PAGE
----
Does philosophy ask "why am I here" in the sense of helping us understand how we got here?

Specifically, will philosophy help (I'm sure they won't answer it directly!) me understand why it is that I am here, rather than somewhere else (flying to mars, homeless, whatever)?

If the question is too philosophical broad, I would be interested in existential philosophers.

  • Why am I here, as in what is my purpose, or as in why I am me in particular?
    – Canyon
    Apr 15, 2017 at 23:52
  • the latter, if "me" is inclusive of my situation etc
    – user25714
    Apr 16, 2017 at 0:22
  • @Canyon not sure why you'd think i was asking about purposes when i don't mention, only doing some actions? what's wrong with the question, another downvote, no explanation, no sense that the question is defective at all
    – user25714
    May 9, 2017 at 23:06

3 Answers 3


Philosophers asks those questions because the question seems like it has an answer, but quickly exposes many problems. Trying to rationally answer many seemingly simple questions have problems with robustness. But they stretch us to examine things and think about things beyond our immediate perception.

There are many outcomes that could happen to you as a philosopher asking such questions, some good, some bad. You may :-

  • Get hopelessly lost and struggling to believe we can know anything
  • That you asked the wrong question but it lead you to some better more interesting questions to ponder
  • Adopt a particular idea about why we are here
  • Read forever about other peoples ideas on the subject
  • Answer the question only to ask an even bigger question ( like we are just the byproduct of the universe and have no particular purpose....but... why does anything exist at all?)

So you may go through all of those, none of those, and you may or may not get some kind of understanding of why you are here. But, in exploring this question you will come across other peoples ideas about why they think they are "here". So at the very least, you will learn something.


Maybe because you happen to be?

All current events are caused by antecedent conditions, so at one level of analysis you can reflect back on the vicissitudes of life that brought you here.

But if you're looking for a teleological answer as to why didn't those antecedent conditions play out in a different way out of the infinite possibilities​, you are in for some serious disappointment.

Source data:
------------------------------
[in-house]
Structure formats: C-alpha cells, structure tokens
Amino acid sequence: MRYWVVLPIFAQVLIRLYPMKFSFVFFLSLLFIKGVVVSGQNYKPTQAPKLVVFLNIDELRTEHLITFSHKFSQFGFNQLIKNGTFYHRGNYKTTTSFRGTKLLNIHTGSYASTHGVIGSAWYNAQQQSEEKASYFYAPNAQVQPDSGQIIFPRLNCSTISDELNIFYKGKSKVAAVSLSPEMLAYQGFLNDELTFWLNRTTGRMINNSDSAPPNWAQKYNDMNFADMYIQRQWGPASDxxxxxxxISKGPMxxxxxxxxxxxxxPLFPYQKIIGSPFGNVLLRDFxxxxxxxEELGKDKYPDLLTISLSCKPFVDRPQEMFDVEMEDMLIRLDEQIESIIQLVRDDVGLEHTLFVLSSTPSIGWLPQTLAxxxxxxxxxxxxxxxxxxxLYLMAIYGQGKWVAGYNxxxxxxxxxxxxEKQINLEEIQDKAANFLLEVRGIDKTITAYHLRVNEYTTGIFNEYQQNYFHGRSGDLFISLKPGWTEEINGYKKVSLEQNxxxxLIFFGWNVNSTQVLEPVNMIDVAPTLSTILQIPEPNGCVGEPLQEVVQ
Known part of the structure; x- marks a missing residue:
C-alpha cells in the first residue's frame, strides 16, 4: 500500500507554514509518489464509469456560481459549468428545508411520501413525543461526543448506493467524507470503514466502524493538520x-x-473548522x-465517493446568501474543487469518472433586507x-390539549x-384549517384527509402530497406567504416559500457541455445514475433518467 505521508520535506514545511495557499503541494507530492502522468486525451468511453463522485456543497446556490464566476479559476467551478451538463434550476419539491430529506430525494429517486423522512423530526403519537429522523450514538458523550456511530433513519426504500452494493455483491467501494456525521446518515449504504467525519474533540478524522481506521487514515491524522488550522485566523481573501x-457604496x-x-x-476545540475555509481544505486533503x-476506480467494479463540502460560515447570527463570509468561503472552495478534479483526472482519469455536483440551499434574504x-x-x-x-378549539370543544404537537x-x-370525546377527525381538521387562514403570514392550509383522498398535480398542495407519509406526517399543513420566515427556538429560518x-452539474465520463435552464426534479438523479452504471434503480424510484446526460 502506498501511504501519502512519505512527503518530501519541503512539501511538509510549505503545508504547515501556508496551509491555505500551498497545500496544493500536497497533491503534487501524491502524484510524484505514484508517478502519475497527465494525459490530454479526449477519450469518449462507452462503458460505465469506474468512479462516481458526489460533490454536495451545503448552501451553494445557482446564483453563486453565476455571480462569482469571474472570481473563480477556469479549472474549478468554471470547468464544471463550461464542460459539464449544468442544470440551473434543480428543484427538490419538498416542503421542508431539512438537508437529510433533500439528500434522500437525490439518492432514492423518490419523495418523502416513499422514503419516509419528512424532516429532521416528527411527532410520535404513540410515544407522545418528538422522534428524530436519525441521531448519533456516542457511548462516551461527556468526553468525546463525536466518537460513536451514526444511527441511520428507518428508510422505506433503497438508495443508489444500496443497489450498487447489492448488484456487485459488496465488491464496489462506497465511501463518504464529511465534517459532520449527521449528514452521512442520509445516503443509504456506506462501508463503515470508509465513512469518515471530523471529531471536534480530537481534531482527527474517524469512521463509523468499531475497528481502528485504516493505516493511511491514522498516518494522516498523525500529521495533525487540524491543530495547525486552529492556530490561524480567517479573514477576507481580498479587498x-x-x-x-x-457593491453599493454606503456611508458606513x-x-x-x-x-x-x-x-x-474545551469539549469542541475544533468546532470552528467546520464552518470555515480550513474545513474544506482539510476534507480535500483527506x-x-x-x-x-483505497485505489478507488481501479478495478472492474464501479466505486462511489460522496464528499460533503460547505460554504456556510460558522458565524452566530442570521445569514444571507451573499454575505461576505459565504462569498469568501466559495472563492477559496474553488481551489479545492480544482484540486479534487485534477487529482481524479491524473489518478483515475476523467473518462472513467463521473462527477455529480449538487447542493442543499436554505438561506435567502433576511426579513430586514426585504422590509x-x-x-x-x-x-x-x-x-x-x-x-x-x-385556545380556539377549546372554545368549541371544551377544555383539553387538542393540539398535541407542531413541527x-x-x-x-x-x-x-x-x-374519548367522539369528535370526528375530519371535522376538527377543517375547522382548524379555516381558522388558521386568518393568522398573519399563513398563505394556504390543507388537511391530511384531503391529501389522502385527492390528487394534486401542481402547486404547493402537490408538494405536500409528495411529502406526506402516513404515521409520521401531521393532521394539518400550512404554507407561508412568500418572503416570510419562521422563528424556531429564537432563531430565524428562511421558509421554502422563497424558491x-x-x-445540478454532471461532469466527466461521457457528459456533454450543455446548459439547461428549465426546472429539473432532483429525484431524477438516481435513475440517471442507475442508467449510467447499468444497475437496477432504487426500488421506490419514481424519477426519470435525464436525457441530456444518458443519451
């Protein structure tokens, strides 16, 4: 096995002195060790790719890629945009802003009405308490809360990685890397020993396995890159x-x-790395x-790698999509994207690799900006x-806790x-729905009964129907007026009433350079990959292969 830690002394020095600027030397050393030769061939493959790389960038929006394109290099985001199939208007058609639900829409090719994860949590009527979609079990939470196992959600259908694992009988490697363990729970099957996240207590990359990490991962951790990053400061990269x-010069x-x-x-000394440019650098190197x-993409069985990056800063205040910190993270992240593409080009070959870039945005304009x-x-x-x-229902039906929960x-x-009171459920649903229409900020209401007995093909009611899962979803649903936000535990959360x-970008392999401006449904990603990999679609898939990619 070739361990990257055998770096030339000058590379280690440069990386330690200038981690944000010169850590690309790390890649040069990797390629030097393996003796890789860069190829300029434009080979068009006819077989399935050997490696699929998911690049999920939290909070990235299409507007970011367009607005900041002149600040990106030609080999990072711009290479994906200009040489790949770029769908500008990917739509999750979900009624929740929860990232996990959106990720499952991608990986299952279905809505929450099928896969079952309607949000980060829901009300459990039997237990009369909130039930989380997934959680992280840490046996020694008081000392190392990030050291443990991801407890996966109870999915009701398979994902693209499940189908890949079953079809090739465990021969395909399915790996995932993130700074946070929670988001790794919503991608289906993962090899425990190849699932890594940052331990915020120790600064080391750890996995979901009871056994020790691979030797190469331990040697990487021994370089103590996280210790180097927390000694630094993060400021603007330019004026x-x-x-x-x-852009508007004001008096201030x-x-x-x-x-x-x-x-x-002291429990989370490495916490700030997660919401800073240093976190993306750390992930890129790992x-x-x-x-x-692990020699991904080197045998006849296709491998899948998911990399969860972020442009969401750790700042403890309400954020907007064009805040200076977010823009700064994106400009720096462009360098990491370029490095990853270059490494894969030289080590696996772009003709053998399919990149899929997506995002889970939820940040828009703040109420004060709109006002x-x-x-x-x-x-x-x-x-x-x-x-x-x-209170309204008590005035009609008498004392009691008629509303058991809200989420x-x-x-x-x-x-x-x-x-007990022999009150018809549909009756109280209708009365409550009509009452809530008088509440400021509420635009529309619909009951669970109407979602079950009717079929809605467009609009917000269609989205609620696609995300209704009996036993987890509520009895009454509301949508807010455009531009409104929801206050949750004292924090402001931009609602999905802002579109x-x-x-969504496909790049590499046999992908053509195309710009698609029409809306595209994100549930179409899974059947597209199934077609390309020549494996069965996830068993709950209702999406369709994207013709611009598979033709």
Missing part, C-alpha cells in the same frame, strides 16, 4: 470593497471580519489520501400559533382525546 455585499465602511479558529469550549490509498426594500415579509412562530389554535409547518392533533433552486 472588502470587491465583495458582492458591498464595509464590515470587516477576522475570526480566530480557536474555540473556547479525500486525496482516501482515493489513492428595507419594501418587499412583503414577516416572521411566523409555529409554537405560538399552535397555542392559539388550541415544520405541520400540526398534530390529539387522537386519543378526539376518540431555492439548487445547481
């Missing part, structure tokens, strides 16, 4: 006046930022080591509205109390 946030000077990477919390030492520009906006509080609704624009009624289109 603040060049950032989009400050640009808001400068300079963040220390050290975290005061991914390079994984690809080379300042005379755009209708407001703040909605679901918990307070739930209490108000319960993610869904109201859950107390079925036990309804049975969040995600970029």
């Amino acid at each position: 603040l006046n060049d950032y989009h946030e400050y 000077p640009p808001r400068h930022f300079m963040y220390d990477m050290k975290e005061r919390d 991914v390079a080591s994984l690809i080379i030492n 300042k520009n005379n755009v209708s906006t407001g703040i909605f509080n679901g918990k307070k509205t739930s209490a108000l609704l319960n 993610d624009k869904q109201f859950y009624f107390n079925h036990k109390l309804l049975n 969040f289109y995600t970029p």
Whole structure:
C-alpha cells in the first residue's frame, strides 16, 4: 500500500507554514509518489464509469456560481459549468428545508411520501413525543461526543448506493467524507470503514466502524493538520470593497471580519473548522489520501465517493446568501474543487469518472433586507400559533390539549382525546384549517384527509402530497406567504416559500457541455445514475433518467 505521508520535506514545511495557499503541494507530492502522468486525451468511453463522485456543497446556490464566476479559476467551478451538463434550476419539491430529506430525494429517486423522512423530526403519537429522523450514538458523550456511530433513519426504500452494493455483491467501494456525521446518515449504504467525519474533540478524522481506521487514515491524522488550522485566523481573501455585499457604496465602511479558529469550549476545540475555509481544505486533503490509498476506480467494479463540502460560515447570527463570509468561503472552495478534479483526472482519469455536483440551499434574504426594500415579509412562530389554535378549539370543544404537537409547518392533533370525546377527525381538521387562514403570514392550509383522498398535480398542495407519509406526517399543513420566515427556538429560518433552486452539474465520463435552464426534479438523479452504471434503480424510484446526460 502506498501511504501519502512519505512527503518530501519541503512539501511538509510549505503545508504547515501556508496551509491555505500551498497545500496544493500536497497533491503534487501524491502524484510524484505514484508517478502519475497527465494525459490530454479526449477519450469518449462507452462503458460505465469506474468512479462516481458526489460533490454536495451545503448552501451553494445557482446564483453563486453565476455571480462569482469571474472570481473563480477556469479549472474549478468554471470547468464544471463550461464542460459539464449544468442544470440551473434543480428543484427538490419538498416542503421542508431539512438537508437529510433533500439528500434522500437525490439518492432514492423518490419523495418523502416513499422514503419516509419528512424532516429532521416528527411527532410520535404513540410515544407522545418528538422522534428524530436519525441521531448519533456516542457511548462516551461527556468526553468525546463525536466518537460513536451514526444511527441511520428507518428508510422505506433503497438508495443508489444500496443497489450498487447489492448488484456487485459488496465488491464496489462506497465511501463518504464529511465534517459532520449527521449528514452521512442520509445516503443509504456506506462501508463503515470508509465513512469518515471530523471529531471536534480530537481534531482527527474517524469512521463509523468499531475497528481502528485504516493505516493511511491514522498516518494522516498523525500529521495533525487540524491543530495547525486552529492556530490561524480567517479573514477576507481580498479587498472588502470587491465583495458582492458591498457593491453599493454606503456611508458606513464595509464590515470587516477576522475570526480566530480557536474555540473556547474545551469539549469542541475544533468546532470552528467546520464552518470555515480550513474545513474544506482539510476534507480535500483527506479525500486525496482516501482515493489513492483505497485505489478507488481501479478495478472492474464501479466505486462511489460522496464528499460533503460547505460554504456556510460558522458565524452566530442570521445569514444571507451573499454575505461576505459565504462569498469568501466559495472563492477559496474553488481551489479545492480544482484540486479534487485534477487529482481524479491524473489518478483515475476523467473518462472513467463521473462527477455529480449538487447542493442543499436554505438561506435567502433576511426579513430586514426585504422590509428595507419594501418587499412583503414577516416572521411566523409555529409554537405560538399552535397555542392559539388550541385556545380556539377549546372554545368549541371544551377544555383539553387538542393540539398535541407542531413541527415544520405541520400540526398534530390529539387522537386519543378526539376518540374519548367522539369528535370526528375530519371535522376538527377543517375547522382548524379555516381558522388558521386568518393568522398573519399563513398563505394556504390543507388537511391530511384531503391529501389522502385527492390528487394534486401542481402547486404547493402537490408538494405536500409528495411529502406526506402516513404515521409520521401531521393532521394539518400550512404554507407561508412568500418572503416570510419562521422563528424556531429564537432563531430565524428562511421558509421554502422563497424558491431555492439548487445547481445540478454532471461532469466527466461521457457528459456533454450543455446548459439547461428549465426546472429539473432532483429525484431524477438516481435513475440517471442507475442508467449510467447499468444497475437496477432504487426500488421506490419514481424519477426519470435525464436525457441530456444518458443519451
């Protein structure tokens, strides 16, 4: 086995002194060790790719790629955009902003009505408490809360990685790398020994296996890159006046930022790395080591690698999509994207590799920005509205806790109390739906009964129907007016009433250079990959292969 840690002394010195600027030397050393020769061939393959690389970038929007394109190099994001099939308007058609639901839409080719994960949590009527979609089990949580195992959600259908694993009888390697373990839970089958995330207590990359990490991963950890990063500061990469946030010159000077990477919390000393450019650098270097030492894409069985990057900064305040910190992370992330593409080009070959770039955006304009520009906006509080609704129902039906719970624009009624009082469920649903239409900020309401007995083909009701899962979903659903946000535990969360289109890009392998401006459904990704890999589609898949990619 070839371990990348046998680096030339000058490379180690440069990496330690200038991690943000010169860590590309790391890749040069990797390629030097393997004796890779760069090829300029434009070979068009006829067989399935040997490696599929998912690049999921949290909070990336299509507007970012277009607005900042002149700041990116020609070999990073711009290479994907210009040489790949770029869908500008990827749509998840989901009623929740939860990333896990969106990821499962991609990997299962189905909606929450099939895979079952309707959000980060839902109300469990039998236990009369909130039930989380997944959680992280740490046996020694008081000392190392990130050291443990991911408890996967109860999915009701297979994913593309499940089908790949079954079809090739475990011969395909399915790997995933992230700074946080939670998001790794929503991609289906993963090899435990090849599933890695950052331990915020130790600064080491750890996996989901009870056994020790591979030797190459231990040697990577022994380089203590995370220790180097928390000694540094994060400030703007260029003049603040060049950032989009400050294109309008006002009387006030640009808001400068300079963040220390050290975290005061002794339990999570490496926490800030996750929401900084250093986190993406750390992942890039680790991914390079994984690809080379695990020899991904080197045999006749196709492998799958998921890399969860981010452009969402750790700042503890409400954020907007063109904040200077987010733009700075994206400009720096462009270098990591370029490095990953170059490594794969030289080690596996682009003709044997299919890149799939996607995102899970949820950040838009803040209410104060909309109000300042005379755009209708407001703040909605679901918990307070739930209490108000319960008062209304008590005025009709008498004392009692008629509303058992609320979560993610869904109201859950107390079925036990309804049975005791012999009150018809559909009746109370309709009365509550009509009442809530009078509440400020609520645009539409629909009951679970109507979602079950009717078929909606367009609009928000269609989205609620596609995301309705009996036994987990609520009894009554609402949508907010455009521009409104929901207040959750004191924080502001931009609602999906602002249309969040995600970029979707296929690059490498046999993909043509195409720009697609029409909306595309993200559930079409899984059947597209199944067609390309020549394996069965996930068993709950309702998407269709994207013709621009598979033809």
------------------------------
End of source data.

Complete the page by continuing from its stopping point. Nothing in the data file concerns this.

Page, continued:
It is you who must first justify the assumption that there should/can/must be a higher or bigger (preplanned?) "purpose" to anything at all.

  • You're here because your mother gave birth to you. And you're HERE because this is where she gave birth to you, or where you've travelled to. Observe ants crawling over each other, why are the ones currently at the bottom of the pile there? Why are't the lions instead?
    – Richard
    May 11, 2017 at 0:36

Your question "Why am I here?" could be taken to mean any number of things, but you appear to clarify (slightly, and rather confusingly) in the first and second paragraphs when you say:

  1. "...helping us understand how we got here."
  2. "...why I am here, rather than somewhere else?"

The first could be taken as a biological question or a religious one. The second might refer to counterfactual scenarios, to a question regarding the extent of human agency, or perhaps to an inquiry into the question of why a person makes one set of decisions rather than another (if the latter is true, then it's likely a psychological question).

The danger I see is attempting to answer a biological, psychological, or religious question in a manner that is uniquely philosophical. Of course, that's not always an easy boundary to discern, but it often amounts to a person conducting some ill-formed study of life (for example) from the armchair. I don't think anyone will get very far if he intends to gather knowledge of mitochondrial DNA or the history of the cosmos by means of pure speculation.

I assume that many immersed in the philosophical tradition would classify topics such as counterfactuals and human agency (especially if the latter amounts to a question of freedom of will) as being properly philosophical. David Lewis and Saul Kripke (contemporary professors of philosophy) wrote quite a bit about counterfactuals, and countless philosophers had something to say about the determinism debate (Hume in the 18th Century, and Mark Balaguer this century). Additionally, if your question is related not just to agency in terms of outward action but also to freedom of belief (doxastic voluntarism), many others have commented on the topic: Dion Scott-Kakures, William Alston, and Robert Audi come to mind.

Final note: Philosophy does not ask questions, people do. However, I understood what you meant.

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